For those who follow politics and Hollywood, 2011 has been a year of misleading movie titles. The Debt wasn't about the federal debt. Contagion wasn't about the Eurozone crisis. And The Muppets isn't about Congress. Instead, it's about a gang of singing, dancing puppets with much better approval ratings. Peter Suderman reviews their latest big-screen adventure in today's Washington Times:
Leave it to a scruffy orange puppet named Fozzie Bear to make fart shoes funny.
In the hands—well, feet—of an ordinary comedian, shoes strapped to whoopee cushions would be the height of comedic desperation. But Fozzie is no ordinary comedian. He's a Muppet, one of the beloved gang of world-famous puppets created by Jim Henson, and a co-star of "The Muppets."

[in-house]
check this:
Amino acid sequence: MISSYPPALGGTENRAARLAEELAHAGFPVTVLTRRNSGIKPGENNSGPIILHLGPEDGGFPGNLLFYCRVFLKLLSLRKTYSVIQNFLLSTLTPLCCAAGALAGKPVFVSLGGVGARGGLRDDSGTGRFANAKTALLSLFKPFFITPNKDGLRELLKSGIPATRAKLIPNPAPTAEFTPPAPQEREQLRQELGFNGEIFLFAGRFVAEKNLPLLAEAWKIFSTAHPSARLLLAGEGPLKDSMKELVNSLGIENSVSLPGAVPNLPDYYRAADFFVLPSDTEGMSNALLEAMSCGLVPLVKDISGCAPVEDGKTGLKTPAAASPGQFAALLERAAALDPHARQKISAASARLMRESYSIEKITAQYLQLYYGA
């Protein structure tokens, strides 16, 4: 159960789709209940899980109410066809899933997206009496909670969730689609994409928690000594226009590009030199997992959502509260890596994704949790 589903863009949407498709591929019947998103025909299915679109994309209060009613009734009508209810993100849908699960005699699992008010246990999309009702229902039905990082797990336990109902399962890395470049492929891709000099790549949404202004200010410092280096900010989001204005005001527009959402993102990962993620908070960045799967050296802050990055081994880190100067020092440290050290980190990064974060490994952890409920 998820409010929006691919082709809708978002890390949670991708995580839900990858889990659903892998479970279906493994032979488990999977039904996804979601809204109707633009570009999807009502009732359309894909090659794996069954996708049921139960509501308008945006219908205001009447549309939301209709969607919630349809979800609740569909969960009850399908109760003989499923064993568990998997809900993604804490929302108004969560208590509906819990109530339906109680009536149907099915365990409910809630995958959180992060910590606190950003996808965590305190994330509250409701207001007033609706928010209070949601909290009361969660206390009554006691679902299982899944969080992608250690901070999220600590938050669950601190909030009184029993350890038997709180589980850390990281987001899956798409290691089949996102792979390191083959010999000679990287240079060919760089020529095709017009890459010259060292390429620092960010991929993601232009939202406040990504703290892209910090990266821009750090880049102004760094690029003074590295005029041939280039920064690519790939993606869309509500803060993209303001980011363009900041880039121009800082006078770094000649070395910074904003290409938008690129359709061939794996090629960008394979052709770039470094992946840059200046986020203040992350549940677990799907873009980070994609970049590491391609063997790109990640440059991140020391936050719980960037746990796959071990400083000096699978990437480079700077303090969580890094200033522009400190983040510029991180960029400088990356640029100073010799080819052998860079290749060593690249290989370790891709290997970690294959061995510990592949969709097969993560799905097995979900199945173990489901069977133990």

The enduring genius of the Muppets is that, at their best, they take childlike humor and make it charming, lovable and funny. That's why they're still making Muppet movies after all these years, and why kids and adults still show up to see them.
Face it: We all love the Muppets. And after their latest cinematic outing, lots of people are going to love them even more.